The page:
Recent debates on Internet censorship in India have focused to the allegedly free-for-all nature of the internet. Those of us who have argued against internet censorship have been somewhat misrepresented as arguing for absolute freedom whereby the reasonable restrictions laid down in Article 19 (A) of the Constitution of India don’t apply. Nothing could be farther than the truth.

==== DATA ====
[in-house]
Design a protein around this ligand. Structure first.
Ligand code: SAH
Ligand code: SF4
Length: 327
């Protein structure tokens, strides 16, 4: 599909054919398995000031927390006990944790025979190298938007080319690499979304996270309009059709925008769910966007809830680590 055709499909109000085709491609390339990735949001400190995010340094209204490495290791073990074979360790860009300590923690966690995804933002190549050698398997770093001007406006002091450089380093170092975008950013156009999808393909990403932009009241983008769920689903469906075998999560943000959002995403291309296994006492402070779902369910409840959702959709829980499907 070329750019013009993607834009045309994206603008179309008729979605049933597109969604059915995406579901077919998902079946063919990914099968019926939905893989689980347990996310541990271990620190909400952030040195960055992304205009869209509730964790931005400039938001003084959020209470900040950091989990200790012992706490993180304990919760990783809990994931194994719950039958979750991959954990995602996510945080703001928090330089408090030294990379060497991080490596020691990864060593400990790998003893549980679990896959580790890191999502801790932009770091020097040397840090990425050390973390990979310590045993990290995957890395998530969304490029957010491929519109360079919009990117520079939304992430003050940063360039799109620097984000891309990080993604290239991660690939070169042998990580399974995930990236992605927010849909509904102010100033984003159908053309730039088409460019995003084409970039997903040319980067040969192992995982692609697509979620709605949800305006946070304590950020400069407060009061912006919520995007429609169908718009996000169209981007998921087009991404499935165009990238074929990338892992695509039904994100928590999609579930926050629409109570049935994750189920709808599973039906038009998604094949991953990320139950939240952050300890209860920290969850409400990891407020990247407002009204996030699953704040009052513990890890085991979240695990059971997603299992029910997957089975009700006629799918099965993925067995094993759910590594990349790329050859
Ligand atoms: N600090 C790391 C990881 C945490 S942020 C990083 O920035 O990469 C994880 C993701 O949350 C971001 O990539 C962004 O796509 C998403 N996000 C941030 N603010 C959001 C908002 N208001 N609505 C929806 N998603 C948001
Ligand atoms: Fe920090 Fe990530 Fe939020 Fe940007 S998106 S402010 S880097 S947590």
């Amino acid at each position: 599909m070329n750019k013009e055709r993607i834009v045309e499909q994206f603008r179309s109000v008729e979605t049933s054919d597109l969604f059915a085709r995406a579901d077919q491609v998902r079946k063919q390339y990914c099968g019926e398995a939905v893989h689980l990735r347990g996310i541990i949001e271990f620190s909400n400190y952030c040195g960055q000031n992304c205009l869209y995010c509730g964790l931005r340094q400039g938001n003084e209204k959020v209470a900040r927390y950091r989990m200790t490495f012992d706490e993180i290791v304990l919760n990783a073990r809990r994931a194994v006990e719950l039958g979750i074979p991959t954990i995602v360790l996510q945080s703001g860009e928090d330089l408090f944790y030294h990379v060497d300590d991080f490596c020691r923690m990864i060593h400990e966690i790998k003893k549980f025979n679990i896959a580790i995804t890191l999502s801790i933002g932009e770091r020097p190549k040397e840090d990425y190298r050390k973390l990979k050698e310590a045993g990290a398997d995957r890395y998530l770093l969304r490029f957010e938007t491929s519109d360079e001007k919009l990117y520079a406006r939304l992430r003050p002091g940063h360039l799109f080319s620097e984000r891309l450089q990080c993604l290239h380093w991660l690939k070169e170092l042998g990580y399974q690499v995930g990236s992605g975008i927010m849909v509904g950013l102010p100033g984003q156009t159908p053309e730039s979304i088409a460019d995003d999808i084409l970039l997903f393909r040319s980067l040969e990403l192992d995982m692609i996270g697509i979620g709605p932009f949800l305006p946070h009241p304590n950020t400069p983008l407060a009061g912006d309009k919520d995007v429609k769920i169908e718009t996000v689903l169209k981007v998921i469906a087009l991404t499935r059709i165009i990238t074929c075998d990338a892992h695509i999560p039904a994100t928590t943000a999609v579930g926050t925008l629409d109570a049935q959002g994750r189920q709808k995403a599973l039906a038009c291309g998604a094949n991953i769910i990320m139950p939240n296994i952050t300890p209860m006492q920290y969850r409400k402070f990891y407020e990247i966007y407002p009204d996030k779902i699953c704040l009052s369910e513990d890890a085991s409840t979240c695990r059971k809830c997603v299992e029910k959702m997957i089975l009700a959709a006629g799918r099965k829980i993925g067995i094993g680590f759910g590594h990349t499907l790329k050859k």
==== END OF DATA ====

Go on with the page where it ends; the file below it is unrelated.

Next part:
It has been said that the internet can be used to incite violence, particularly inter-communal violence, and there needs to be a mechanism to prevent that. Communications minister Kapil Sibal wants internet giants to “self-regulate” for this reason, denying that he wants to censor political dissent on the internet. Following on the heels of his expression of such concern in December 2011, Mufti Aijaz Arshad Qasmi and journalist Vinay Rai filed cases against various internet companies for similar material that is religiously offensive.It needs to be pointed out, however, that the cases filed by Qasmi and Rai are under the Indian Penal Code and do not even invoke the Information Technology Act. So if the Indian Penal Code can be used against religiously offensive material why do we need any new mechanism to “regulate” or even “self-regulate” the internet? Continue reading Unpacking India’s Internet Censorship Debate